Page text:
KANSAS CITY, Mo. (AP) — Yordano Ventura quit school as a teenager so he could begin working a construction job to help his family make ends meet, laboring day after day in the hot sun of the Dominican Republic.

      Associated Press
    • Protesters take control of Mexican border crossing with US

      TIJUANA, Mexico (AP) — Protesters took control of vehicle lanes at one of the busiest crossings on the U.S. border Sunday to oppose Mexican gasoline price hikes, waving through motorists into Mexico after Mexican authorities abandoned their posts.

      Associated Press
    • 2017 Jeep Grand Cherokee SRT

      Still America's beast.

      Car and Driver
    • Good Samaritan Shot Dead While Trying to Stop Mall Robbery

      The suspect has been charged with capital murder.

      Inside Edition
    • Hugo Barra leaves Xiaomi, says China has ‘taken a huge toll on my life’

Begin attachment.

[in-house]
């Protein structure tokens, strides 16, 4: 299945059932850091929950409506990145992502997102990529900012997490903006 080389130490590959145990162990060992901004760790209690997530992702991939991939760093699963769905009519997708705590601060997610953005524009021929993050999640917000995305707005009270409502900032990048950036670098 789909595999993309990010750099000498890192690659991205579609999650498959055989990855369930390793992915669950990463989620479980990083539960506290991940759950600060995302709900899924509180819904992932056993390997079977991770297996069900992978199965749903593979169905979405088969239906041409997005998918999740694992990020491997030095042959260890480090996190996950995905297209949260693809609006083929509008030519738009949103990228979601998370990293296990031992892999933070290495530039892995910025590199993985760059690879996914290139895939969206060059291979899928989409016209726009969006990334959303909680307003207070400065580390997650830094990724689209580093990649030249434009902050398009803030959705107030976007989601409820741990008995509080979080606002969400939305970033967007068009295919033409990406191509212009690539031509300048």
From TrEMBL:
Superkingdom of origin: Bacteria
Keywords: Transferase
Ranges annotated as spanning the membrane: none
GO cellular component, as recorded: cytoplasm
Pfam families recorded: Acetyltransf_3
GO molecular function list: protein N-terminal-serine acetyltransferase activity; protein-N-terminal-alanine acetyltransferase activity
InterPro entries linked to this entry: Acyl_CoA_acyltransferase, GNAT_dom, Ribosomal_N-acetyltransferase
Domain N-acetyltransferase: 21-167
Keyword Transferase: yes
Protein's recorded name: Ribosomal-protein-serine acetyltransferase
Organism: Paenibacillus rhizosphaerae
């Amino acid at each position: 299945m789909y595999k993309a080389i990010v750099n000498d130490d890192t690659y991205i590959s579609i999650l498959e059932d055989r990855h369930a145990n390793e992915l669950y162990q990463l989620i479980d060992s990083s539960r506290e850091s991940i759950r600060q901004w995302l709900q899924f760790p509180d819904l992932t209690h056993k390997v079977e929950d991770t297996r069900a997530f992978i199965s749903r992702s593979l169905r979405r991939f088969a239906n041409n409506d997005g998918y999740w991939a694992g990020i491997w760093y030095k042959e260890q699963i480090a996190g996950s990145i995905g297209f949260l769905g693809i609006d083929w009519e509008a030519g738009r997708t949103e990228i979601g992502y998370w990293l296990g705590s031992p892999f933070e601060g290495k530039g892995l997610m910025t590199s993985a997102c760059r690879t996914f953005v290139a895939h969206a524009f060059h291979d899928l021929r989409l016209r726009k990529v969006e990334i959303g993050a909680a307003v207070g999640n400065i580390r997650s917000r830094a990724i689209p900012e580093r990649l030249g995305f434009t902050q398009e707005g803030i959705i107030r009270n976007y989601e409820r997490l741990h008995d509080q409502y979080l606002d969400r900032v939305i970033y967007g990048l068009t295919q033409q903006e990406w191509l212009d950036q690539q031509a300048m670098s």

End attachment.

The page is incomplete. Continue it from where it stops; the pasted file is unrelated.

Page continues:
Smartphone startup Xiaomi began life as a peculiar beast. From within the safety of China, the company did all it could to copy every last detail of Apple's devices and marketing strategy, knowing there was precious little Apple could do to stop it. When Apple's portfolio was exhausted, Xiaomi moved on to Samsung, copying a large portion of its device lineup as well. But then, the company realized that it could only go so far selling phones in China and a handful of other markets. As growth was on track to slow substantially, Xiaomi knew that it had to work its way into other top-tier markets around the world. And so Xiaomi Global was born. The Xiaomi subsidiary has hit a few rough patches over the course of the past three-plus years, but today may be its roughest to date. On Monday, Xiaomi Global VP Hugo Barra announced that he is leaving the company. In a post on Facebook, Barra confirmed that he is leaving the company and moving back to Silicon Valley. "When Lei Jun and Bin Lin came to me nearly four years ago with the opportunity to help turn a young rockstar startup into a global player, I embarked on what has been the greatest and most challenging adventure of my life," Barra wrote . "I moved to Beijing, 6,500 miles out of my comfort zone in Silicon Valley, to build from scratch a startup team within a bigger startup. This journey has been nothing short of spectacular in every way, and I can proudly say that Xiaomi Global is the first baby I helped bring into the world." Then, his post took a curious turn. "But what I've realized is that the last few years of living in such a singular environment have taken a huge toll on my life and started affecting my health," Barra said. "My friends, what I consider to be my home, and my life are back in Silicon Valley, which is also much closer to my family. Seeing how much I've left behind these past few years, it is clear to me that the time has come to return." It's unclear exactly what Barra means when he says that working at Xiaomi in Beijing has "taken a huge toll" on his life and affected his health, but he goes on to run down some of the things Xiaomi Global has accomplished since he joined the company. Most notably, the company has expanded sales into Russia, Mexico, Malaysia and more than 20 additional markets. Of note, Barra will still play a role at Xiaomi moving forward. Mi president and cofounder Bin Lin confirmed in a post on Facebook that Barra will be an advisor to the company following his departure. "When Hugo joined us 3.5 years ago, we started an amazing adventure to turn Xiaomi into a global player," Lin wrote . "We have come a long way since, and I couldn’t thank him enough for contributing so much to Xiaomi’s journey. As much as we would love to have Hugo stay with us in Beijing for a much longer time, we understand his personal challenges and wish him all the best in his future endeavors. I’m also looking forward to working closely with him in his new role as advisor to Xiaomi."